AJ Lodge has never played Ocarina of Time past the first temple because, as a young boy, he was terrified of the skeletons in Hyrule. Now, as an older boy, he’s terrified of such real-life things as: failure, movies starring Dave Franco, and the number of hours he’s logged in Rocket League. When AJ is not playing video games, he’s making music, directing shorts, running a film festival, and trying to make a career out of writing screenplays at www.ajlodgewrites.com
inVokeR is, by far, the best spell-casting virtual reality experience that I’ve played, thanks in large part to its immersive controls and exciting combat. If more modes and features get added past those initially available, inVokeR would have no problem becoming the must-have VR experience for those wishing to duel in the world of wizards.
Dead Purge: Outbreak is not fun or innovative, borrowing too heavily from many superior titles. Ultimately, the title is a zombie itself: slow-moving, mindless, collapsing readily and often.
Chess Ultra is a fantastic entry in the world of virtual chess, delivering much more than is expected from a chess title. While the actual chess gameplay isn’t revolutionary, Chess Ultra’s entertaining tutorials and challenge modes make it a worthwhile play for beginners and experts alike. Those looking for chess in virtual reality, however, might want to look elsewhere.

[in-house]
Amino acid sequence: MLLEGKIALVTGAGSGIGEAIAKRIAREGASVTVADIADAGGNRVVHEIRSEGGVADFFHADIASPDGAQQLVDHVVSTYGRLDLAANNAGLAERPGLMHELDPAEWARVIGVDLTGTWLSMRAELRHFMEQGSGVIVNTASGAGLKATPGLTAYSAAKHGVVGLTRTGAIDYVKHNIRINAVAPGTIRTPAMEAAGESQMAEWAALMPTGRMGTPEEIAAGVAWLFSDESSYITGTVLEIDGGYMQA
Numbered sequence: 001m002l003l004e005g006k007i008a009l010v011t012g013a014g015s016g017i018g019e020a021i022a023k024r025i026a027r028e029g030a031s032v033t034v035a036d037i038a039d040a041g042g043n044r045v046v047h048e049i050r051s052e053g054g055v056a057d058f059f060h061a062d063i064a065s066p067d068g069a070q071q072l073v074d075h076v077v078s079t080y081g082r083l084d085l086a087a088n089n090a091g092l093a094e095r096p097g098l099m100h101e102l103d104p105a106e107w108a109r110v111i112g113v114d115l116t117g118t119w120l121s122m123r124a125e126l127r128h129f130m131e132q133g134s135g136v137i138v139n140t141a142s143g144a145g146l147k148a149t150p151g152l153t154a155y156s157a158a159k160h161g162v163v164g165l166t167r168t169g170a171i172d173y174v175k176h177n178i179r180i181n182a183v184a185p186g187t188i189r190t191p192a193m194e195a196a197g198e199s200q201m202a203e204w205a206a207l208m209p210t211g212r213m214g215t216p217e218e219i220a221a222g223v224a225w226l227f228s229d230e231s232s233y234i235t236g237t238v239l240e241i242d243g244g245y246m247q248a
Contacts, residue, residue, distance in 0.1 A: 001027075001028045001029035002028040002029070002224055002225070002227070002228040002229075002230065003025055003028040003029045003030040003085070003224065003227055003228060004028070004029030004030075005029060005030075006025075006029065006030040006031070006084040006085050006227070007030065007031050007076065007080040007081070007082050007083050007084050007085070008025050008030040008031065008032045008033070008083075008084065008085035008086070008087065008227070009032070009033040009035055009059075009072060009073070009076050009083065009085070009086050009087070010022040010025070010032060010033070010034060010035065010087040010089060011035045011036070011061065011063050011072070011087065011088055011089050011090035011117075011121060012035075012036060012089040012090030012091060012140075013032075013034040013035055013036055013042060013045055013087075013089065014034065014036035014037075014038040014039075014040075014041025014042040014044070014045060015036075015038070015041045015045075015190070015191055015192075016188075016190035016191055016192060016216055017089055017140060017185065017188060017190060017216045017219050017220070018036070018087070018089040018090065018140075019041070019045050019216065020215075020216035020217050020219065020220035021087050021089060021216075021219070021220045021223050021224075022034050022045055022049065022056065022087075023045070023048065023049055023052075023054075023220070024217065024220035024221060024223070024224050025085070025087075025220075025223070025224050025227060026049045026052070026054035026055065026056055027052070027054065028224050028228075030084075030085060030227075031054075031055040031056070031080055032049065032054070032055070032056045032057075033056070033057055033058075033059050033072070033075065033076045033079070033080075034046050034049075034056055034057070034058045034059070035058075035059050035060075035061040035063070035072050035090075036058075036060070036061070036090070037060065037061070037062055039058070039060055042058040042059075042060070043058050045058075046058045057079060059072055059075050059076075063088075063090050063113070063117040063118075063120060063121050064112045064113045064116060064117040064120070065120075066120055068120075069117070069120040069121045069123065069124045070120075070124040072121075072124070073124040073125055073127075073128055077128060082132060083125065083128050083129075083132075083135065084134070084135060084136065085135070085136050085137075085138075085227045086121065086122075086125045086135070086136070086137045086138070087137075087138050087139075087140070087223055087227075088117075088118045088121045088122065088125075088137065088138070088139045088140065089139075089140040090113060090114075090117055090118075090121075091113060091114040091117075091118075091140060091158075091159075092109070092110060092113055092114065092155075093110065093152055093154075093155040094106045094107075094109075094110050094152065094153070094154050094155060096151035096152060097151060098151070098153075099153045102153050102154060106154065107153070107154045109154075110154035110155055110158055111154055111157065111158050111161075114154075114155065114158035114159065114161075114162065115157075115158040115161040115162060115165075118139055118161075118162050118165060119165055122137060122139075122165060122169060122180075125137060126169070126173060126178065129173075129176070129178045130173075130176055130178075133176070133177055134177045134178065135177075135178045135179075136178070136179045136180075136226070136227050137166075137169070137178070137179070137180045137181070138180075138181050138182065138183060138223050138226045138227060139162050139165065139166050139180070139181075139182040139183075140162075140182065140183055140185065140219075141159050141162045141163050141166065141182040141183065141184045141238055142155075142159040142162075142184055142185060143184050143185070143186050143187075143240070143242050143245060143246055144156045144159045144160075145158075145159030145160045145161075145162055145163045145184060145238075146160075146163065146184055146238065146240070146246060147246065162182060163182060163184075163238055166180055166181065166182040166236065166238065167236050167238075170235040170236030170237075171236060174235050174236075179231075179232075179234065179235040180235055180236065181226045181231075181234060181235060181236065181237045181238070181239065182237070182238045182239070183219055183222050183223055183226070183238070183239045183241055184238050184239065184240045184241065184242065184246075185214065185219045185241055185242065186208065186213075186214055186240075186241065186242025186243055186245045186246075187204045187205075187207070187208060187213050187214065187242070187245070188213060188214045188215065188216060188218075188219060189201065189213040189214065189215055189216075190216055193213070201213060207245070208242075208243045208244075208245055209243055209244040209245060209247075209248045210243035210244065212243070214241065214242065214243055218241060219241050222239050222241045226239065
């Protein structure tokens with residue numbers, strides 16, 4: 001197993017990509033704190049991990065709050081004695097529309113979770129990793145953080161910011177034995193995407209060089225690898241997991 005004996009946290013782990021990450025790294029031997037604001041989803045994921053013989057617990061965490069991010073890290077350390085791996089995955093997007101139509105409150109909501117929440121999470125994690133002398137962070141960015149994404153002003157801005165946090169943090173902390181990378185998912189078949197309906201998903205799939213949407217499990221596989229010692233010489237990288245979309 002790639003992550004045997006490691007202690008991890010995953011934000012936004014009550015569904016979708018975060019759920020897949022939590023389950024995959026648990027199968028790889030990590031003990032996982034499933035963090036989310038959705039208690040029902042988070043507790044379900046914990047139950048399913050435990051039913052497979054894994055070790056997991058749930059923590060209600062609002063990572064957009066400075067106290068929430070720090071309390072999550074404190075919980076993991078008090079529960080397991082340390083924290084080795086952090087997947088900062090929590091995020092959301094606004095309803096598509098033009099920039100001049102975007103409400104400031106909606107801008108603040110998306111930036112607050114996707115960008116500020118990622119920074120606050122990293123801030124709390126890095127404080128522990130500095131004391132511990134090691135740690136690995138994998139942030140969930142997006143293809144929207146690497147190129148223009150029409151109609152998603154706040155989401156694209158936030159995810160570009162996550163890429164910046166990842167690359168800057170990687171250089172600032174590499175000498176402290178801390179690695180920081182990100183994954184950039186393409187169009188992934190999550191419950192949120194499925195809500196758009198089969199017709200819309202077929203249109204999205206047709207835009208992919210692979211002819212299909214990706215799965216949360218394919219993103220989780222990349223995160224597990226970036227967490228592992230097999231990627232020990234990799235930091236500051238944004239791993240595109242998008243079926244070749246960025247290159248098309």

Subject A-119 makes a strong showing with a variety of abilities, but the puzzles, through mechanical and logical limitations, quickly fatigue the player. Puzzle addicts might be tempted to explore this title but, overall, Subject A-119 mechanics are more confusing than the actual puzzles, ultimately leaving players underwhelmed.
Vanquish delivers on action and unique gameplay. Although its missions can feel repetitive, it remains exciting due to its easy-to-master movement system and it’s addictively fun slow-motion gunfights. Vanquish is a welcome distraction from today’s multiplayer-focused entries in the genre.